In an apartment, pulling your shades is not enough

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apartment, stairs and door with sunshine

We are on the second floor of a three-story walkup, so we have people living above, below and on two sides of us. Apartment living is not a new thing to us, and given the choice between owning a house with all its responsibilities and expenses and paying rent for someone else to handle those things, we opt for the rental.

There are some things you learn quickly about living so close to other people. First, it is important that you always greet your neighbors when you encounter them in the common areas. You never know when you may need each other, and it is just uncomfortable to live in the same building with someone with whom you have not been friendly. Second, respect is key. This is basic in any living arrangement, but in an apartment complex, cleaning up your mess and obeying the policies keeps life pleasant. Finally, keep it quiet.

I know what you did last night

We hope the couple below us appreciates our quiet. Aside from our dog, who yaps when someone knocks on the door, and our grandkids when they visit, our apartment is very peaceful. We don’t watch a lot of TV or play loud music, and, if I’m being honest, we hardly ever run the vacuum. We read, we write, we never shout or run down the hall. The couple above us, however, is obviously in their own happy world.

They are young, and I believe the man lives alone. The room right above my office, where I work most of the day, seems to be his bedroom. Many days I don’t hear a sound from above until well after noon when his bed springs squeak, his feet hit the floor, and he begins his day. Often, this seems to involve sitting in the living room playing a deep droning video game.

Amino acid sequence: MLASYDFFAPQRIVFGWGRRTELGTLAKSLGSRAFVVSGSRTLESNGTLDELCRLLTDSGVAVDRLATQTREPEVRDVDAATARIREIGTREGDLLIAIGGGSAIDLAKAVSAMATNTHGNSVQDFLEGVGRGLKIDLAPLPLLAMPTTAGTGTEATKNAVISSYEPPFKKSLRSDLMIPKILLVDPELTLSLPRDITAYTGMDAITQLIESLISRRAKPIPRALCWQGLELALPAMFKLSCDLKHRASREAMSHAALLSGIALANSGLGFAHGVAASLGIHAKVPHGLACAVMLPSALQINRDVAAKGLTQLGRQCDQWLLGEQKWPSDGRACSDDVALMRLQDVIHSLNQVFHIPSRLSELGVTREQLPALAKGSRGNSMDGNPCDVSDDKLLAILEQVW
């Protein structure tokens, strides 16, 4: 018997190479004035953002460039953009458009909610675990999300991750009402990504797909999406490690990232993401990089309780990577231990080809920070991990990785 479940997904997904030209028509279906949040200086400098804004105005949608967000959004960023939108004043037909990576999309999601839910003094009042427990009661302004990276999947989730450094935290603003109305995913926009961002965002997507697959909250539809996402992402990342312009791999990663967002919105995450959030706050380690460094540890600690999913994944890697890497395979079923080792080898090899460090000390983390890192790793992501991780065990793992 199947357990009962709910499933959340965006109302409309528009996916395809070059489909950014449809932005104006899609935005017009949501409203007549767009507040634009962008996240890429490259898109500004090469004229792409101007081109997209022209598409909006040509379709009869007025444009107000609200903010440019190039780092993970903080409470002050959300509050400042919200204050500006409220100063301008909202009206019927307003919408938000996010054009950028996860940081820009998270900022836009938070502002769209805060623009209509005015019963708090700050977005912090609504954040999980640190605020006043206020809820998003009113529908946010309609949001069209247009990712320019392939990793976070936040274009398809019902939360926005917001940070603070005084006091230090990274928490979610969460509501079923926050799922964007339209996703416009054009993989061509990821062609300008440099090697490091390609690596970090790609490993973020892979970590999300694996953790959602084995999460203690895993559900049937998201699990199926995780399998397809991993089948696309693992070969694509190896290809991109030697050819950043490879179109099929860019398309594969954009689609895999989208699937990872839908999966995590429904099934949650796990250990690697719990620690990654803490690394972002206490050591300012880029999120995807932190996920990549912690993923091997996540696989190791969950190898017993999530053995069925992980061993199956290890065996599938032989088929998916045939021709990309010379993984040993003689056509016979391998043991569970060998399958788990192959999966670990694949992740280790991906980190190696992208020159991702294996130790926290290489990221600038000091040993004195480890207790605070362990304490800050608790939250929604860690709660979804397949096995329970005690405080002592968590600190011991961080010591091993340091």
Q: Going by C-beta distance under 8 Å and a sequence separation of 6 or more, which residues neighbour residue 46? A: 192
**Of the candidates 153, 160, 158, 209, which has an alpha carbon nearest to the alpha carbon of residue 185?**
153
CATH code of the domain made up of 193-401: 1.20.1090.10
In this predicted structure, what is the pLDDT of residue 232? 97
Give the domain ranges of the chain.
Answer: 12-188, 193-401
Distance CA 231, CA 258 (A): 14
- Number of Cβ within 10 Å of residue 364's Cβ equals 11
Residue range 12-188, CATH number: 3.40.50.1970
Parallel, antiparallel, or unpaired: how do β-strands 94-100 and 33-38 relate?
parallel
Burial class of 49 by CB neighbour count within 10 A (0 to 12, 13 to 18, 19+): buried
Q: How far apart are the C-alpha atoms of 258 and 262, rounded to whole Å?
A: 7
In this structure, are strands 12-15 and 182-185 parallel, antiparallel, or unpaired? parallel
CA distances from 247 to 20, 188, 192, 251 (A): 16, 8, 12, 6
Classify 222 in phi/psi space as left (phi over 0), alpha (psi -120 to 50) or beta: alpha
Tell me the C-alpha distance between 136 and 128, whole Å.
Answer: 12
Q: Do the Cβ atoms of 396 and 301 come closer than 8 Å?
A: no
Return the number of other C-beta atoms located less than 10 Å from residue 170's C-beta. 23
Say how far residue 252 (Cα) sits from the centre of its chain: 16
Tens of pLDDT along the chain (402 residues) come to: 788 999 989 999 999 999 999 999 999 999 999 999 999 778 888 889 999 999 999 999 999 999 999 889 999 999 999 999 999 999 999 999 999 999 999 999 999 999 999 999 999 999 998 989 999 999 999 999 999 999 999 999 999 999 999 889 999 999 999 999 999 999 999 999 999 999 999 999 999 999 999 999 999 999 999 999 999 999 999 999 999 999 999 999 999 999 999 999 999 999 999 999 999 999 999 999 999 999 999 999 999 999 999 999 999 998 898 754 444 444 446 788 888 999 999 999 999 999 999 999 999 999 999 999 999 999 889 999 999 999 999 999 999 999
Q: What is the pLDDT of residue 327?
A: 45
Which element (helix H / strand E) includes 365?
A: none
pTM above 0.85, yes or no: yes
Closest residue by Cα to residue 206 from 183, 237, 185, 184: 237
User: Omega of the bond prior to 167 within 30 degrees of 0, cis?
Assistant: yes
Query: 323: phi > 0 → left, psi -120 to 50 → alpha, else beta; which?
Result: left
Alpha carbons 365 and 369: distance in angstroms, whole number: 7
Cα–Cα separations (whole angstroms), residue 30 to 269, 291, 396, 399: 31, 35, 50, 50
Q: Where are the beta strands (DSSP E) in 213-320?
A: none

But on Friday, his girlfriend arrives. They are a sweet couple, always smiling and friendly when I pass them on the stairs. She has an infectious giggle, and he makes her laugh. From my desk, I hear them laughing together. His voice will say something low, and she will explode in liquid giggles. When the laughter stops, however, I know I should take a break from my work and maybe go for a walk with the dog to give the neighbors some privacy.

It could be worse

I complained about this weekly romantic ritual to my daughter, Joyce, when she visited one afternoon. She hinted that I was jealous of the young passion overhead, but then she reminded me of the situation we could have instead.

We lived in a similarly designed apartment some years ago, and the family in the unit next to ours was anything but loving. Instead of giggles and lovemaking on Fridays, the husband began drinking. By Sunday afternoon, he was belligerent and antagonistic. One weekend, we had to call the police because we could hear the children crying while the parents screamed at each other, threw things, and threatened each other with knives. So Joyce is right. I will take the lovers above any day over that.

Microcosm of the world

We have lived here less than a year, but I am making an effort to get to know everyone in the building. There is Sylvia on the first floor. In her eighties, she is battling cancer again, so I share baked goods with her. A little Guatemalan woman lives in the building, and my dog reminds her of her own pet whom she left in her country. I don’t understand a word she says, but her meaning is clear. One apartment is leased to Mormon missionaries, young men in white shirts and black ties who never fail to greet me and offer a kind word.

These are just a few of the people who share the brick and mortar with us. An apartment building is a microcosm of the world. With our different lives, we share a common space. We all suffer in our own ways, and we all celebrate our daily successes. And sometimes, if we are very lucky, we fill our space with a passionate love that is too good to keep quiet.

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